The situation is especially serious in Niger, where 3.6 million people, or 28 per cent of the population, are affected by food shortages, caused by a combination of drought and last year's invasion by swarms of locusts. This has compounded longer-term food insecurity.
"We have a window of opportunity to avert a major catastrophe," warned Langdon Greenhalgh, who is coordinating the International Federation operation. "The next harvest is due in three months, so seeds will need to be distributed and sown in the next couple of weeks. Activities to improve the nutrition of vulnerable children will have to commence by the beginning of August if we want to prevent widespread starvation."
Recent nutritional surveys in Niger indicate severe acute malnutrition rates of up to 2.9 percent amongst children under five years of age, with the figure for the worst-hit areas as high as six per cent. Global acute malnutrition rates have reached 20 per cent in some regions. "Current UN estimates are that about 800,000 children in Niger are going hungry, and partner organisations are reporting a significant increase in children coming to therapeutic feeding stations - and this is before the real lean season gets under way. These numbers will almost certainly rise in the coming month," Greenhalgh explained.
It is not only Niger that is in the grip of food shortages. Populations in neighbouring countries - some 2.2 million in Mali, 1.6 million in Burkina Faso and 750,000 in Mauritania - are also under threat. The International Federation's appeal seeks to address food insecurity in all four countries in cooperation with the governments concerned, United Nations specialised agencies and partner NGOs.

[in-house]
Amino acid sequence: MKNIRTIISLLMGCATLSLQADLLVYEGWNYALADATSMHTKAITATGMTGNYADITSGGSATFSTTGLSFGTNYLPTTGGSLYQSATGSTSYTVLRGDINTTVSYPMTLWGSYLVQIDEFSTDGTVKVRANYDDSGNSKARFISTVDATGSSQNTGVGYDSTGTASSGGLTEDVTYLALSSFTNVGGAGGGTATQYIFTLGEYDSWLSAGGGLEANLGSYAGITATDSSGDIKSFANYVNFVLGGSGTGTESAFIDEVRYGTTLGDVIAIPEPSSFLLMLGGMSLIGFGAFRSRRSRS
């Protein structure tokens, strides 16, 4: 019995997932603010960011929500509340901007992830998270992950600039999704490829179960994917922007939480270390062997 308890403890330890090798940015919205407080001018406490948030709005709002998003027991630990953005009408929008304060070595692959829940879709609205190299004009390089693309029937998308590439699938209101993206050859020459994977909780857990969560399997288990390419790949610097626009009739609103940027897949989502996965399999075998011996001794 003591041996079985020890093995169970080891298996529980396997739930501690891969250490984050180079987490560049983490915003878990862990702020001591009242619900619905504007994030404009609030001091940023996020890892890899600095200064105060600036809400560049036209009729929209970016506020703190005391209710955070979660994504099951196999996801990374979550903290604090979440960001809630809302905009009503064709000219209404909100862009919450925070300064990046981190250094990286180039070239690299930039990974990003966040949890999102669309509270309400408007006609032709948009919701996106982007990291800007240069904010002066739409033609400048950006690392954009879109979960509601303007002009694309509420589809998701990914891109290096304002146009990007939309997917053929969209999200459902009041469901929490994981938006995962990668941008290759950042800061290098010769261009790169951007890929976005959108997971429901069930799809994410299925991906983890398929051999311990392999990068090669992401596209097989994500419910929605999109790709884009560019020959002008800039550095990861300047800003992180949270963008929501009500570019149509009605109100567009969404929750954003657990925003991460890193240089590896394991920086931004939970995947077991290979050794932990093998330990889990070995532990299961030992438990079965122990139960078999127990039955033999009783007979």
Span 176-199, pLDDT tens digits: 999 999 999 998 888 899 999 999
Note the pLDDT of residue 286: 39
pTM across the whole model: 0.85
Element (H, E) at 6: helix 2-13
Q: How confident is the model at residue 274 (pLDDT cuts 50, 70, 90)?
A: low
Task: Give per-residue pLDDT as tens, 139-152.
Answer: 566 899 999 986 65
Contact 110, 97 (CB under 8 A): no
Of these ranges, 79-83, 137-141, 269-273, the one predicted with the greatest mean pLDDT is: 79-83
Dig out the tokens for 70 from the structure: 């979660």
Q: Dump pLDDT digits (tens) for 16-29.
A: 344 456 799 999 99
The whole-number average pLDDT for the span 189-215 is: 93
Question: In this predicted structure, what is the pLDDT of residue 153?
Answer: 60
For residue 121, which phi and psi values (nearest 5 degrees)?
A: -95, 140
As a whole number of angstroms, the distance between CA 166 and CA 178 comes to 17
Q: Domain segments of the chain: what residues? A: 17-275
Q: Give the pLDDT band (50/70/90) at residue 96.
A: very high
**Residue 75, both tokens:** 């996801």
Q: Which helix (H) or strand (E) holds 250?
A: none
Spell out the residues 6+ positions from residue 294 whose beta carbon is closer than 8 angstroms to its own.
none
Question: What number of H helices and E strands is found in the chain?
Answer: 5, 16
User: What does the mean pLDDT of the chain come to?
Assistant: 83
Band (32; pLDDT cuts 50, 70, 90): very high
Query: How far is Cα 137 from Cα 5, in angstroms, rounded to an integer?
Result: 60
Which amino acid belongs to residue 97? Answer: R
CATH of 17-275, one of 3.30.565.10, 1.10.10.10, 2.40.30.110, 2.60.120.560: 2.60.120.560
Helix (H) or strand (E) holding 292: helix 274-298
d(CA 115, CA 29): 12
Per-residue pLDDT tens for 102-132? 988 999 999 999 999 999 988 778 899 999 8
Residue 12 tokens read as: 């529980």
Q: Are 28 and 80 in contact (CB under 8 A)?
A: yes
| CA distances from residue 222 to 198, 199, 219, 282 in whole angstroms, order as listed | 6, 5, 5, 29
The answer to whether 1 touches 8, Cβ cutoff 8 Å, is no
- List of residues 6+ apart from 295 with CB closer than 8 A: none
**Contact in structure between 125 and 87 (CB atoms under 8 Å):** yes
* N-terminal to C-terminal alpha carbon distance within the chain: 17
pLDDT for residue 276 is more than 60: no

The Red Cross Red Crescent operation will seek to assist 222,000 of the most vulnerable people in the region for the next six months, through food, seed and fodder distributions, mobile feeding centres and community-based awareness programmes. A key element of the operation will be bolstering livelihoods, to make communities more resilient in future, to ensure they stay in their villages, where coping mechanisms are strongest, and so they do not become reliant on external assistance.
"To make this operation a success, we have to overcome many severe logistical challenges, particularly in the fields of transport and telecommunications. We want to support the National Red Cross and Red Crescent Societies in meeting the immediate needs of the communities in which they work, but also to give them the capacity, in terms of skills and equipment, to better respond to any future emergencies," said Alasan Senghore, Head of the International Federation's regional delegation for West and Central Africa. He pointed out that a number of Red Cross and Red Crescent Societies - including those from France, Norway, Qatar and Spain - are already active in the affected areas.
For further information, or to set up interviews, please contact:
In Dakar: Raphaël Lambal, Regional Information officer Tel: +221 869 36 28
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